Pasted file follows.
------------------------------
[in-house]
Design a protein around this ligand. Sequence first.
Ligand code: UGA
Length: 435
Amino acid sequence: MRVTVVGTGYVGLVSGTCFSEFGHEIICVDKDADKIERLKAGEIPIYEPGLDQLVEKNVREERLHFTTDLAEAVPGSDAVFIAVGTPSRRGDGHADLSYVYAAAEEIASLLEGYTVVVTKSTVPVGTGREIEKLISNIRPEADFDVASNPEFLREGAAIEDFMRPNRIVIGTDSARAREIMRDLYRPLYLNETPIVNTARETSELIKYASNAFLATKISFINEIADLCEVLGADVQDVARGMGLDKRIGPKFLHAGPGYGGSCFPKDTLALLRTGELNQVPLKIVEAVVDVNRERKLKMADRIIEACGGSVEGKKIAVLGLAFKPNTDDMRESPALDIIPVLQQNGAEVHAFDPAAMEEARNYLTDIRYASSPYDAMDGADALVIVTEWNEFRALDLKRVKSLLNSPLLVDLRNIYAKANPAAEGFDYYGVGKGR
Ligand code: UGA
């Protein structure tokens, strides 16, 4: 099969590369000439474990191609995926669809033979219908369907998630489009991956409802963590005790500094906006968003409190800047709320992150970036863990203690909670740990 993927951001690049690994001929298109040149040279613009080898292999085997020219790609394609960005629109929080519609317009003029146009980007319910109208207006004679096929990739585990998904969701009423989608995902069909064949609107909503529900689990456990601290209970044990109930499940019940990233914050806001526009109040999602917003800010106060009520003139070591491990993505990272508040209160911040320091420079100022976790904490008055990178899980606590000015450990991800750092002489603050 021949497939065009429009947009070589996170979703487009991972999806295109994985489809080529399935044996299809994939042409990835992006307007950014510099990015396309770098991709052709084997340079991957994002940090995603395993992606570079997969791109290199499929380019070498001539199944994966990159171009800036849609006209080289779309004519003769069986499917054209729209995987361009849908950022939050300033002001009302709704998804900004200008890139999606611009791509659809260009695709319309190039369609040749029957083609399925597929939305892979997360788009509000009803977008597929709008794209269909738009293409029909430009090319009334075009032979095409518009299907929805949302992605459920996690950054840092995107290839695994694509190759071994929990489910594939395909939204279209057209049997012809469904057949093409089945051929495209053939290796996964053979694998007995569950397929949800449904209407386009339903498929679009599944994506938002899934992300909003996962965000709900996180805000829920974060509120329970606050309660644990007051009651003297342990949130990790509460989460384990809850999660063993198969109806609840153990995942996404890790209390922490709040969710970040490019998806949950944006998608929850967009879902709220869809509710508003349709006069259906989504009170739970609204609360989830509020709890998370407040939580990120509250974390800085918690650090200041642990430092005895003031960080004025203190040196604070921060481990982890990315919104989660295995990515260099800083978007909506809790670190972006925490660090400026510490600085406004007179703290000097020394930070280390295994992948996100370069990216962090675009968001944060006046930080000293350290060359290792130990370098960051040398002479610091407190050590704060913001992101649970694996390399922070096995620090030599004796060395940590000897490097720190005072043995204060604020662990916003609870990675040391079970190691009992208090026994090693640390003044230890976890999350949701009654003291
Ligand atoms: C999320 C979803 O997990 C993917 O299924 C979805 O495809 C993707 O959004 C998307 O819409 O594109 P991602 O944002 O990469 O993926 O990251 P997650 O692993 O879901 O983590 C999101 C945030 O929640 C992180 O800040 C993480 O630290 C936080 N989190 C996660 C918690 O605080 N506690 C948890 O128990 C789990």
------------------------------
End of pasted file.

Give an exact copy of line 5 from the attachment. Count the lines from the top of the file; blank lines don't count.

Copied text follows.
Amino acid sequence: MRVTVVGTGYVGLVSGTCFSEFGHEIICVDKDADKIERLKAGEIPIYEPGLDQLVEKNVREERLHFTTDLAEAVPGSDAVFIAVGTPSRRGDGHADLSYVYAAAEEIASLLEGYTVVVTKSTVPVGTGREIEKLISNIRPEADFDVASNPEFLREGAAIEDFMRPNRIVIGTDSARAREIMRDLYRPLYLNETPIVNTARETSELIKYASNAFLATKISFINEIADLCEVLGADVQDVARGMGLDKRIGPKFLHAGPGYGGSCFPKDTLALLRTGELNQVPLKIVEAVVDVNRERKLKMADRIIEACGGSVEGKKIAVLGLAFKPNTDDMRESPALDIIPVLQQNGAEVHAFDPAAMEEARNYLTDIRYASSPYDAMDGADALVIVTEWNEFRALDLKRVKSLLNSPLLVDLRNIYAKANPAAEGFDYYGVGKGR